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Jace lived in perpetual state of anger. Everything annoyed him. It could be something as inconsequential as receiving his neighbors mail by mistake or as serious as being rear ended when leaving the deli. It all had the same importance and level of seething frustration. He found it impossible to relax. He was a kettle always boiling. He tried herbal teas, but the mellow and sunshine demeanor of the health food store staff set him on edge. His incessant and quickly accelerating finger tapping on the check-out counter brought on a request to chill. But telling a guy like Jace to chill only has the opposite effect. Bellowing “who are you telling to CHILL!” was met by wide eyed bewilderment and a request to never return. He worked out at a gym to try and ease his temper. Tense scene were created by Jace’s bitter mumbling, grunting and irked slamming of weights. The plus was he did make friends with some very large and just slightly less angry people.
Therapy was tried. But as each week’s session neared ending the therapist would peek at his watch. At first Jace tried to ignore it. Each week the expectant glance at the watch ate away at him. Jace tried deep breathing exercises to distract himself, but this only made him breath heavier and focus even more on the “looking at the watch”. At what was ultimately his last session, Jace brought in an alarm clock and hurled it at his therapist.
Cora always seemed to be crying. It did not matter if it was an upsetting memory, a great joke or spicey food. Sad tears, happy tears, laughing tears, pained tears, and tears that could not be understood. Remembrances of late family members or commercials for animal shelter would cause misty watering eyes. Good times with friends celebrating career advancements, her nieces and nephews’ graduations, weddings, favorite sit-coms, and videos of chihuahuas with little sombreros brought joyous tears. Her close friends expected Cora’s tears and always brought along extra tissues for her.
Saturday night at The Bella Terra Dinner and Dance Club. Cora was there to celebrate her little sister Carla’s birthday . Sittings at the bar waiting, sweet memories of Carla as a little girl came to her. Her eyes moistened. Cora then thought of her late father. He would have been so happy to see how grown-up Carla became. She was only 12 when he passed away. Moistened eyes now led to trails of running tears.
Jace was also at The Bella Terra to dine and share peeves with his weightlifting pals. His was early and went to the bar to get a drink. All the seats were taken which exasperated him. Trying to get the bar tender Billy’s attention, he wound up standing behind Cora . The music was loud which further irritated him. He started to wave his arms to get service. The tender at the other end the bar nodded at him, but kept talking on his phone. Now Jace was wildly gesturing. Finally the bartender came over. He mistook the rage in Jace’s eyes for being intoxicated. Jace yelled out, “I want a Negroni!”. The barman replied. “A Martini?, on ice?” “No!”, burst Jace. “A Negron!”. “All right, a Zombie no ice.” was the distracted reply along with a mutter of “jerk”. Jace’s temper was really erupting now. Enraged eyes, muscles tightened, hot blood speeding through veins and arms gesticulating in a frenzy. Cora did not notice this. She was lost in her memories. And crying.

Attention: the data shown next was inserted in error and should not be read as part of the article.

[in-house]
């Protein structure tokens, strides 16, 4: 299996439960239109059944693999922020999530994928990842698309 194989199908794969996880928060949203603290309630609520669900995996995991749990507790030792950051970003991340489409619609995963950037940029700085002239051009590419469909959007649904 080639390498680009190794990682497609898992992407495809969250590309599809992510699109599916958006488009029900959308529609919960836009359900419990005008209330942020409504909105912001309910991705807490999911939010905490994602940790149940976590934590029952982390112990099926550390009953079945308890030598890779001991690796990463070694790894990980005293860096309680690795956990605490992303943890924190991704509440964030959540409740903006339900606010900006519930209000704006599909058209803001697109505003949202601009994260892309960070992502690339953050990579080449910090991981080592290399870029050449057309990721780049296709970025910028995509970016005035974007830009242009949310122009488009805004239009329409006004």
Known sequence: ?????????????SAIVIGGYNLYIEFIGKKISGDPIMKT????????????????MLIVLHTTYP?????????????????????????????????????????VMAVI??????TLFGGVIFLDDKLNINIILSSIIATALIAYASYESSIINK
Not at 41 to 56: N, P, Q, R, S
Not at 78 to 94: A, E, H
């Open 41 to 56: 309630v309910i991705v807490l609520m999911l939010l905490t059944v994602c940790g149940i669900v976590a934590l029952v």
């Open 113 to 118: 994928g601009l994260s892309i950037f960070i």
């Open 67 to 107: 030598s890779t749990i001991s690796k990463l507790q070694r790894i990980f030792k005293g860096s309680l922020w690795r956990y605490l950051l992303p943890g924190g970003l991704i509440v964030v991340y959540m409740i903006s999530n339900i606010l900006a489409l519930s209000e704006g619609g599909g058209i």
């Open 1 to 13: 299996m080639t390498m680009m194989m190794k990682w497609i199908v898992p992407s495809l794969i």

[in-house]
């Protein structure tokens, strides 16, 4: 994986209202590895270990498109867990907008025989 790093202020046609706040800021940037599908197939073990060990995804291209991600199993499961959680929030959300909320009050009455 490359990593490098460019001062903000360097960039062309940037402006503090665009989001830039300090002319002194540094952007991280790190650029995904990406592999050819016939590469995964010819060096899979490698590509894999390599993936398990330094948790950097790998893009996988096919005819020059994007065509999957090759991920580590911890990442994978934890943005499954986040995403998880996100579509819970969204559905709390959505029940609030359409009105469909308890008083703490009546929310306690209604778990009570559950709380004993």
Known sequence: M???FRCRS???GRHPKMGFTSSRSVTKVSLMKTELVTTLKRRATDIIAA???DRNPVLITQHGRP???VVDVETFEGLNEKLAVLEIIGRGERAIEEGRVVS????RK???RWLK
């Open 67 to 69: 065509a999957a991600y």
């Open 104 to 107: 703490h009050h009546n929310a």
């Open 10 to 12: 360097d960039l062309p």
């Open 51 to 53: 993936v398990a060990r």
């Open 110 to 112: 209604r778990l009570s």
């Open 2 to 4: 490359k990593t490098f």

Jace’s frantic gyrations started to draw attention. Depending on where one stood, it was not clear what was exactly was going on. Some saw an upsetting scene of a furious angry man yelling at a crying woman. Others, like Mimi and her friends only saw Jace and mistook his movements for cool dance moves. Inspired, they copied them.
24x24 acrylic gouache on canvas
I was thrilled to encounter your new work, Jace, on the site. Having encountered your paired creative writing and painting before, I spent some time with the image before reading the accompanying narrative. While I always find the description of the characters enriching as well as humorous, I wanted to completely experience the figures visually at first meeting. Hierarchal scale is used effectively to create a central “loud” figure, and the cherry patterned wallpaper is a surprisingly stabilizing element. Of course the bright red cherry dots recede into the right side of the picture plane, creating depth within the rather shallow field. So while the wallpaper is far from static, there is a certain predictability to the repetition, which in itself functions as a sort of visual rest within the dense packed picture. The square format further creates visual tension among the compressed competing bodies. As with all of your viscerally detailed portraits, I delight at the dizzying and clashing designs on and within the cast of characters. The crying Cora creature is particularly animalistic, with long talon-like fingers. Thank you for sharing this new chapter in painting and story. It doesn’t disappoint.
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